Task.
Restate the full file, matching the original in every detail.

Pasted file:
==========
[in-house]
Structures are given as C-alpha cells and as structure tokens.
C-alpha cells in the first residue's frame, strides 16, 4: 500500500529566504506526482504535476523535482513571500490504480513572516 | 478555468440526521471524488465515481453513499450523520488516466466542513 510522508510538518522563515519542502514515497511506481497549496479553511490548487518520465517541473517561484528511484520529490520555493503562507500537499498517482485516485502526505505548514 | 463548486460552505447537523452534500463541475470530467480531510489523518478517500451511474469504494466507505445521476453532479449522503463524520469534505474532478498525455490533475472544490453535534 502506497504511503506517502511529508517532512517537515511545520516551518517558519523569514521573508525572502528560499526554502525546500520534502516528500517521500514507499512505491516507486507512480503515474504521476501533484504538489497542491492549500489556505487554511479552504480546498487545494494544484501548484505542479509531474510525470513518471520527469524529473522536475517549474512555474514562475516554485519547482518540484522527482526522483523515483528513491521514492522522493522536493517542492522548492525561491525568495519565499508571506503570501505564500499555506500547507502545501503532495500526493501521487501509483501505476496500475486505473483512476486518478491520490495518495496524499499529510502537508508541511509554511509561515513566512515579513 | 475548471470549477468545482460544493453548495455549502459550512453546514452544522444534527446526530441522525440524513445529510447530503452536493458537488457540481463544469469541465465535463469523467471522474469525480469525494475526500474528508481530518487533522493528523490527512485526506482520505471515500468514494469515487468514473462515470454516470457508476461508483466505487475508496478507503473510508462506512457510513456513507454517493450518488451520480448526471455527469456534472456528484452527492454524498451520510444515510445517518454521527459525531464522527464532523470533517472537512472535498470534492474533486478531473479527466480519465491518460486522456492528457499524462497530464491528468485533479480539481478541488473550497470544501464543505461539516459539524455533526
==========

[in-house]
Structures are given as C-alpha cells and as structure tokens.
C-alpha cells in the first residue's frame, strides 16, 4: 500500500529566504506526482504535476523535482513571500490504480513572516 | 478555468440526521471524488465515481453513499450523520488516466466542513 510522508510538518522563515519542502514515497511506481497549496479553511490548487518520465517541473517561484528511484520529490520555493503562507500537499498517482485516485502526505505548514 | 463548486460552505447537523452534500463541475470530467480531510489523518478517500451511474469504494466507505445521476453532479449522503463524520469534505474532478498525455490533475472544490453535534 502506497504511503506517502511529508517532512517537515511545520516551518517558519523569514521573508525572502528560499526554502525546500520534502516528500517521500514507499512505491516507486507512480503515474504521476501533484504538489497542491492549500489556505487554511479552504480546498487545494494544484501548484505542479509531474510525470513518471520527469524529473522536475517549474512555474514562475516554485519547482518540484522527482526522483523515483528513491521514492522522493522536493517542492522548492525561491525568495519565499508571506503570501505564500499555506500547507502545501503532495500526493501521487501509483501505476496500475486505473483512476486518478491520490495518495496524499499529510502537508508541511509554511509561515513566512515579513 | 475548471470549477468545482460544493453548495455549502459550512453546514452544522444534527446526530441522525440524513445529510447530503452536493458537488457540481463544469469541465465535463469523467471522474469525480469525494475526500474528508481530518487533522493528523490527512485526506482520505471515500468514494469515487468514473462515470454516470457508476461508483466505487475508496478507503473510508462506512457510513456513507454517493450518488451520480448526471455527469456534472456528484452527492454524498451520510444515510445517518454521527459525531464522527464532523470533517472537512472535498470534492474533486478531473479527466480519465491518460486522456492528457499524462497530464491528468485533479480539481478541488473550497470544501464543505461539516459539524455533526